Filling Out New-Hire Paperwork
How to keep costly errors at bay
Slowly but surely, unemployed Americans are finding new jobs. But as any recent hire can attest, filling out the forms during the first week of employment can make getting hired look like the easy part.
From W-4s to retirement accounts, stock options and health insurance forms, new hires are faced with a barrage of complicated paperwork, and few actually take the time to read the material handed out, which can lead to costly errors. It's impossible to predict the documents you'll be asked to fill out during your first day, but there are a few key things that most companies require:
First and foremost, you will need to fill out federal and state tax forms before you can collect a paycheck — the most important of which is the W-4. Make sure to calculate your number of withholding allowances correctly. Writing the wrong number can cost you dearly come tax time, which is why it's worth looking at a pay stub from a former job or using the IRS Withholding Calculator (www.irs.gov/individuals) if you’re not sure which number to use.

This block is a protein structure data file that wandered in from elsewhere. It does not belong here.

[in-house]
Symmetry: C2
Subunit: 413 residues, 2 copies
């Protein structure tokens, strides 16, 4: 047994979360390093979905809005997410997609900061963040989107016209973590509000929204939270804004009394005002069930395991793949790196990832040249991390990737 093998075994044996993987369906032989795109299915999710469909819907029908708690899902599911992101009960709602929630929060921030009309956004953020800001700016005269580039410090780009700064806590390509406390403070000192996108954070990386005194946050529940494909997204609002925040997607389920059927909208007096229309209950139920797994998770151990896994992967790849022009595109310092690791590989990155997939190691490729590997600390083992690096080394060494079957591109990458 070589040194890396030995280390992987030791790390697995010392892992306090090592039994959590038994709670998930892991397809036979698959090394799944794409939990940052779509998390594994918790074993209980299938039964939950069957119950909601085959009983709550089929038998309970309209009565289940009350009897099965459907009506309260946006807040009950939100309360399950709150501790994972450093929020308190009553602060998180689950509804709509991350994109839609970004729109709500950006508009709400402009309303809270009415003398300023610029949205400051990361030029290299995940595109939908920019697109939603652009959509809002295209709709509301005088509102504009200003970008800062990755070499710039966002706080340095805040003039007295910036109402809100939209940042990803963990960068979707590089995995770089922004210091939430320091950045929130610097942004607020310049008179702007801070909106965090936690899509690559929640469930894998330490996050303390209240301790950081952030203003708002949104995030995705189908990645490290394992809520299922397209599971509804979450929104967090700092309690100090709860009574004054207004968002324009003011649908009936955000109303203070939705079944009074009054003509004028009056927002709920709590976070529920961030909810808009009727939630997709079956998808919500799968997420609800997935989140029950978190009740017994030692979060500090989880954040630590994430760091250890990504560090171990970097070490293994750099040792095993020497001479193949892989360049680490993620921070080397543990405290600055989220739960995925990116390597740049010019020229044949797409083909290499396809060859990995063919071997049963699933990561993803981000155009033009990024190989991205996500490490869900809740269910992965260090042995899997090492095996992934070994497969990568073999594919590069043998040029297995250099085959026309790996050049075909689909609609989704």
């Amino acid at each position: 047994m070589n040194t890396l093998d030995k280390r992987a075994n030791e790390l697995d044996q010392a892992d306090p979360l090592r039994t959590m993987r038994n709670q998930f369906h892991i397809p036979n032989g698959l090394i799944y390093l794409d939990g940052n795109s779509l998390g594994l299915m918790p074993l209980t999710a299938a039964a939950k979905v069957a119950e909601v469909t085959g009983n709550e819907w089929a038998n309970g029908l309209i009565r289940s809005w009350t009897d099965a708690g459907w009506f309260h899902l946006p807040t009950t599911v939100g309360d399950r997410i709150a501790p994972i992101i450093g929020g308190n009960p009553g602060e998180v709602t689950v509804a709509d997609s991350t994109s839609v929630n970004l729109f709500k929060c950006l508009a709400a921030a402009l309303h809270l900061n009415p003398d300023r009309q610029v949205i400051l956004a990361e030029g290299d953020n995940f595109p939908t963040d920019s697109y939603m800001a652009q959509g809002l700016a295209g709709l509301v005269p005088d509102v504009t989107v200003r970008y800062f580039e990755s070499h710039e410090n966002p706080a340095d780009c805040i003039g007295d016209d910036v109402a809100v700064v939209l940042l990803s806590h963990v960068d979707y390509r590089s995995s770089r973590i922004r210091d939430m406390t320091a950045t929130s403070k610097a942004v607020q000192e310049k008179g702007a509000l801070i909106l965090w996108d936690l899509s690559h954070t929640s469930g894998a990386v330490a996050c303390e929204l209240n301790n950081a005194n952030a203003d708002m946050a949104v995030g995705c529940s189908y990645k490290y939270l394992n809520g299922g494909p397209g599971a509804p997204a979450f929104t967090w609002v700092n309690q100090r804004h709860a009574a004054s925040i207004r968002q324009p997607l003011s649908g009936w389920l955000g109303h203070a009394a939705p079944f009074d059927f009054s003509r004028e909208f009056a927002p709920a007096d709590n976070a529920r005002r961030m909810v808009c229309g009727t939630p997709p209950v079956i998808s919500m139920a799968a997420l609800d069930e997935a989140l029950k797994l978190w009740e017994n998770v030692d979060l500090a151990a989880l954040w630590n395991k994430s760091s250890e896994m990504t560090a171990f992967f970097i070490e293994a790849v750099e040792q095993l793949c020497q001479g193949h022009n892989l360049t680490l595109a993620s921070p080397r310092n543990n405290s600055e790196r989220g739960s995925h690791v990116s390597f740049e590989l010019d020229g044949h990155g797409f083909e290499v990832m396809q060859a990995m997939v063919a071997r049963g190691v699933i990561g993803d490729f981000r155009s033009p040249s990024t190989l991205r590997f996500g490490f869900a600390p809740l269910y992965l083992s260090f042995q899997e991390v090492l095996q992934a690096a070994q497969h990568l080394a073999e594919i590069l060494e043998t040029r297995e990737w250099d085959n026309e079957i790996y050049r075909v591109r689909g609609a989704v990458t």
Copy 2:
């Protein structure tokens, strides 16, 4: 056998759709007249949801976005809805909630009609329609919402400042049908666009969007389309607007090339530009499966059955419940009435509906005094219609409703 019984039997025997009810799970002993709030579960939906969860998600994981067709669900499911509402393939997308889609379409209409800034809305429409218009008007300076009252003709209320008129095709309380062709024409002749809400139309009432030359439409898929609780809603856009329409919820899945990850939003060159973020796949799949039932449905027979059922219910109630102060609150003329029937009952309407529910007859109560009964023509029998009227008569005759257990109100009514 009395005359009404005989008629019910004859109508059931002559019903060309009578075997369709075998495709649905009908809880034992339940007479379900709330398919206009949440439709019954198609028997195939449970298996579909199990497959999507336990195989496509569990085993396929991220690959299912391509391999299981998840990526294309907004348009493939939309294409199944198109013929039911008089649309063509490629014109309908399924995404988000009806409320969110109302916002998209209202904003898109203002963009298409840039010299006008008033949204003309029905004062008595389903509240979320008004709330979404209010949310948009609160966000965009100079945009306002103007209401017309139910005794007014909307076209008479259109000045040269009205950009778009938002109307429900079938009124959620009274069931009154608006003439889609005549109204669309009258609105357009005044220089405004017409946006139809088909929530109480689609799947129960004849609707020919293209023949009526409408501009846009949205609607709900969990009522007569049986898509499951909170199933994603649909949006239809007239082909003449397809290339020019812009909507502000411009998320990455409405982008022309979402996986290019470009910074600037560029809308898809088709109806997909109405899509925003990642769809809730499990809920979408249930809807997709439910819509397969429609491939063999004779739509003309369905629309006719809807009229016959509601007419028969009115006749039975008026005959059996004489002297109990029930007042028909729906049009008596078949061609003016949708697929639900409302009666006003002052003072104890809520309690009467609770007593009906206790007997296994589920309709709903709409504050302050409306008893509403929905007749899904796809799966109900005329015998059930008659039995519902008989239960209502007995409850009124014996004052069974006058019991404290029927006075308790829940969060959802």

Health Insurance Information
If your new company offers health insurance benefits to employees, be thankful and prepare to fill out the necessary paperwork to get enrolled right away. In addition to your own vital information, you'll need the social security numbers and current addresses for any dependents you plan to include on your new plan.
If your new company offers any 401(k), 403(b) or similar retirement plans, then it's definitely worth signing up. Avoid being rushed into making an uninformed decision on which option to choose and be willing to ask your HR rep if he or she minds if you take a few extra days to talk your options over with a spouse or accountant before deciding where to funnel the majority of your retirement funds.
Last but not least, you want to get paid. In order to set up your paycheck for automatic deposit, though, you'll need to come to the office prepared on day one. Bring your checkbook or another document that lists your bank account and routing numbers to avoid a delay in receiving your first check.
Stephanie Miles is a freelance writer living in New York City.